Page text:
The UK government is actively working to help businesses and organisations across the UK reap the benefits of 5G, in particular supporting homegrown 5G networks. One such example is the 5G Testbeds and Trials Programme, through which it explores the benefits and challenges of deploying 5G in a wide range of operating environments. The investment in testbeds across the country aims to ultimately boost the productivity and growth of UK industries. 5G-ENCODE is one such testbed.
5G-ENCODE has been set up to explore the application of 5G in industrial settings. Led by Zeetta Networks, the 5G-ENCODE project will see a 5G private network built at the National Composite Centre (NCC).
The network will be used by NCC’s customers to test and trial a wide range of applications, including industrial applications of Augmented Reality (AR) and Virtual Reality (VR), asset tracking of time sensitive materials and automated industrial control through IoT monitoring and big data analytics within manufacturing. The aim of the project is to validate the premise that using private 5G networks in conjunction with new business models can deliver better efficiency, productivity, and a range of new services and opportunities that would help the UK lead the development of advanced manufacturing applications.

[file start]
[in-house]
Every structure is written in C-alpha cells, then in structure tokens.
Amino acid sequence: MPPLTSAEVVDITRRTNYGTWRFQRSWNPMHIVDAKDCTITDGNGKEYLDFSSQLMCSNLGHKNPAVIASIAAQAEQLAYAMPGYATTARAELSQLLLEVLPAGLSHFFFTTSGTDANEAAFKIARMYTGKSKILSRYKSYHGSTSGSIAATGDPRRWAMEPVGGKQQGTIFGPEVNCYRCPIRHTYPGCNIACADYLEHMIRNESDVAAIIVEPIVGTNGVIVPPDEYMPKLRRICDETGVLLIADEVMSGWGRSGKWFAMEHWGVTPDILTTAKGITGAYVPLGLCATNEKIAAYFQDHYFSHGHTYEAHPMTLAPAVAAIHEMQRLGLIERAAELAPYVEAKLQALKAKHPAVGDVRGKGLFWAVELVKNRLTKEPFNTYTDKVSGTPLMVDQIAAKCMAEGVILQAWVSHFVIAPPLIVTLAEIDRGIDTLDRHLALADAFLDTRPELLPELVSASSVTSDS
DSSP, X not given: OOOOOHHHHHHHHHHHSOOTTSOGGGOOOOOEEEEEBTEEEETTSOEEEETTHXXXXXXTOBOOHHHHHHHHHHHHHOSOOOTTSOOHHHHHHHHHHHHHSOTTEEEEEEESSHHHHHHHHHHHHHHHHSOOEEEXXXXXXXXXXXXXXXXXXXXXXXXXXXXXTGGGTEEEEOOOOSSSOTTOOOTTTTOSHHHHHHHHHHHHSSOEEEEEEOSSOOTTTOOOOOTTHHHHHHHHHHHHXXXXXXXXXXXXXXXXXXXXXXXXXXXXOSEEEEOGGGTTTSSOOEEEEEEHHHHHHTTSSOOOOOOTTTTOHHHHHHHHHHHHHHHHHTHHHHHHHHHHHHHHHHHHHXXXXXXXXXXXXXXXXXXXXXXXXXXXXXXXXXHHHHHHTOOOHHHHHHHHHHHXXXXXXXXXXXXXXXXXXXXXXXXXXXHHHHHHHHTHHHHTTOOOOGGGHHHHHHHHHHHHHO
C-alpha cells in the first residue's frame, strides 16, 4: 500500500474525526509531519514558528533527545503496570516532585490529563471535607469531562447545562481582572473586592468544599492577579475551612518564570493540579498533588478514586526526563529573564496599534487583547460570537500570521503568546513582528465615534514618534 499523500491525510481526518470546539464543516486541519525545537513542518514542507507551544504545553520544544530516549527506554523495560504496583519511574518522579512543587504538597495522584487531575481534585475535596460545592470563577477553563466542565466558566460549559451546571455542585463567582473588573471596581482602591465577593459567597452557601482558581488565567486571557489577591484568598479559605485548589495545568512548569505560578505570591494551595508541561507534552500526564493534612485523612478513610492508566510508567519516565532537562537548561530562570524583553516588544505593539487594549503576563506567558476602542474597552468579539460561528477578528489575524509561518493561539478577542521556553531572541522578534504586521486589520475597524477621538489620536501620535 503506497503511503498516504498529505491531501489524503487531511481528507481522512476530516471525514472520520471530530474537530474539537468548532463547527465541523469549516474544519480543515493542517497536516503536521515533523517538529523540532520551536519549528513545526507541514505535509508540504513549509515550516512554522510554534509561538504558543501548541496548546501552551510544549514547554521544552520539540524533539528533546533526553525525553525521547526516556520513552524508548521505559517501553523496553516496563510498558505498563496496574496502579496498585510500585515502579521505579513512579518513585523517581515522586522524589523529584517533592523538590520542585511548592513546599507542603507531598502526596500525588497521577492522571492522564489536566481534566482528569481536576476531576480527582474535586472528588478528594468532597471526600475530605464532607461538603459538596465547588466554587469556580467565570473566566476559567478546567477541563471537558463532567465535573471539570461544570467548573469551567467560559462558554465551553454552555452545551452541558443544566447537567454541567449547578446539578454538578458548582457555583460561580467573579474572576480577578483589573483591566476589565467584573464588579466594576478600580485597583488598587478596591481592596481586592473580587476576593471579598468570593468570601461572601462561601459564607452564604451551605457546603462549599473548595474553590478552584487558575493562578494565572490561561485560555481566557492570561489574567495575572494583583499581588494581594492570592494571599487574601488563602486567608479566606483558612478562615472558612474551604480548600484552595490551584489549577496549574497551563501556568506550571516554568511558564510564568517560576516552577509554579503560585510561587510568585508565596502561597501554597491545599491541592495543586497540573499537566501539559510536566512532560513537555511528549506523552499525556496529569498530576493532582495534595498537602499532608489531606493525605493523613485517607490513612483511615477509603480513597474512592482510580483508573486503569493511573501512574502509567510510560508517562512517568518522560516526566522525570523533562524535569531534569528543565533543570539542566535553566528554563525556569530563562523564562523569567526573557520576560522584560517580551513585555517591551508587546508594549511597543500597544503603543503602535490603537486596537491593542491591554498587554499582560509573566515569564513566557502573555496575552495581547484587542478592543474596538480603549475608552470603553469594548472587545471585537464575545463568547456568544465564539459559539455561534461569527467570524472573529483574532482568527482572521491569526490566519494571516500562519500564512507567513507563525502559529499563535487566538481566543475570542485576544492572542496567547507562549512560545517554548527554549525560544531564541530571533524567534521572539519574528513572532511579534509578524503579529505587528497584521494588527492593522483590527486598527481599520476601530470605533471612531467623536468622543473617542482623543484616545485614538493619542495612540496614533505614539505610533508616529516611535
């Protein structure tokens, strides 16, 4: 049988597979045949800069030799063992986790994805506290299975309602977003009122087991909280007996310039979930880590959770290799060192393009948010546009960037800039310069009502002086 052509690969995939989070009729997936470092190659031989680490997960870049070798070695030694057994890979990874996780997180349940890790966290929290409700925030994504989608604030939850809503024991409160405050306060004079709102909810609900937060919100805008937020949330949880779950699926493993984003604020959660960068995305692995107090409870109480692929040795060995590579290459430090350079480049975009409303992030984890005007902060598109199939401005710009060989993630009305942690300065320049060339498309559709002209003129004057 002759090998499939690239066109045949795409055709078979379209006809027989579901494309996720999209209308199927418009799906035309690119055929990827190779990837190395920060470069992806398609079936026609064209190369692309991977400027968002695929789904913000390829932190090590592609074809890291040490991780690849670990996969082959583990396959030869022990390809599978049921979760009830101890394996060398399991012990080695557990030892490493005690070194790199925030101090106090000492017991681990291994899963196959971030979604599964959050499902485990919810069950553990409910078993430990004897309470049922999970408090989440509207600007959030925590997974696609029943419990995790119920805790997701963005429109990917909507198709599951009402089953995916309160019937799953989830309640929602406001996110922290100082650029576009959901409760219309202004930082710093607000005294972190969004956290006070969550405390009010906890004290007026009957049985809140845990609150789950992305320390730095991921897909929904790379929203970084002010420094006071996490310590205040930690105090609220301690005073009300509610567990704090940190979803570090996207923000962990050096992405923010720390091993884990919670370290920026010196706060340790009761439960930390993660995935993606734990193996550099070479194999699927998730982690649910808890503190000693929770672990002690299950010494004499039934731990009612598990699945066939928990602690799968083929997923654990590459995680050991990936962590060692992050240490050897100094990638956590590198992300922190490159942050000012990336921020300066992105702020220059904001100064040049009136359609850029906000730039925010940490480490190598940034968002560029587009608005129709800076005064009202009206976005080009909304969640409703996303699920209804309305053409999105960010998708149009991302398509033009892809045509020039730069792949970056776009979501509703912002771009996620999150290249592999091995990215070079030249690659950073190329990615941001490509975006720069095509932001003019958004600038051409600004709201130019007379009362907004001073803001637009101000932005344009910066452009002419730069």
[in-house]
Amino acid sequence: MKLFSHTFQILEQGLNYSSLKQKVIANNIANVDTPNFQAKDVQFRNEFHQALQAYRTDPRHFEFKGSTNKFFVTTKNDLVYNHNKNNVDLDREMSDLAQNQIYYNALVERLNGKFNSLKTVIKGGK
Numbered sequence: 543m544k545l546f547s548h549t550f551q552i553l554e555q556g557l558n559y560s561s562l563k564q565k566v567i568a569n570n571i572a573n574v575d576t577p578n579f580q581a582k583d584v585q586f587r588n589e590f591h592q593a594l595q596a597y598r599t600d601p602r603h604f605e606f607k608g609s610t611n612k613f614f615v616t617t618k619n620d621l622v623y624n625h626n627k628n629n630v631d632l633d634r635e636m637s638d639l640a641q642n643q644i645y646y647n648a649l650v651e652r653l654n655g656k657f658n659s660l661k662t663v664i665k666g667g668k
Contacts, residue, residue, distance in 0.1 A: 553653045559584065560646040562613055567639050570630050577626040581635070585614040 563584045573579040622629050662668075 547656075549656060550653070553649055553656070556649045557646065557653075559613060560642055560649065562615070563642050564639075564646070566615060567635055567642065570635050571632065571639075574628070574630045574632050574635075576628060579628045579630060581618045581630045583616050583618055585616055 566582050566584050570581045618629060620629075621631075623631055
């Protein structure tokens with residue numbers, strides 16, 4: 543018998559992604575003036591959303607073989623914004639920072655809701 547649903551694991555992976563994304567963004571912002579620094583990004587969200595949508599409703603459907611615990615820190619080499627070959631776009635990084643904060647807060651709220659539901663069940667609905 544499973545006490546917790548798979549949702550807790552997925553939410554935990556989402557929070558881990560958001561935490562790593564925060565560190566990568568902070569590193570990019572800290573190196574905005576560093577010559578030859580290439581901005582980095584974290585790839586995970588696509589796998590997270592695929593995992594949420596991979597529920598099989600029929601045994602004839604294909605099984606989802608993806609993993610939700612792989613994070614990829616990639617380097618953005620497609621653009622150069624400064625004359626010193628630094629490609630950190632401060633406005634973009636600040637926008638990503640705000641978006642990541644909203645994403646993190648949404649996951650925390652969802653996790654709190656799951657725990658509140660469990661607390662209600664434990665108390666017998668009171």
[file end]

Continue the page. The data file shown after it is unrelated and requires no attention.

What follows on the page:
Homegrown to reap the benefits
While the government’s decision to remove all Huawei technology from UK’s 5G networks may have temporarily jolted the 5G rollout progress, in the long-run it will reap benefits – many of which are yet to be realised. The proper utilisation of features such as neutral hosting and network slicing and splicing will enable enterprises to create networks customised to their specific needs ultimately increasing efficiency and productivity.
Private 5G networks will be revolutionary for every industry. The productivity and output benefits of 5G technology for businesses are clear, but before 5G can become the norm across industries it needs to be rigorously tested and explored. That’s why many testbed projects, including 5G-ENCODE, working to validate the premise.
Establishing a diverse ecosystem of open, multivendor solutions and appropriate business models applied on private, homegrown 5G networks will be the ultimate demonstration of the UK’s status as global leader in 5G.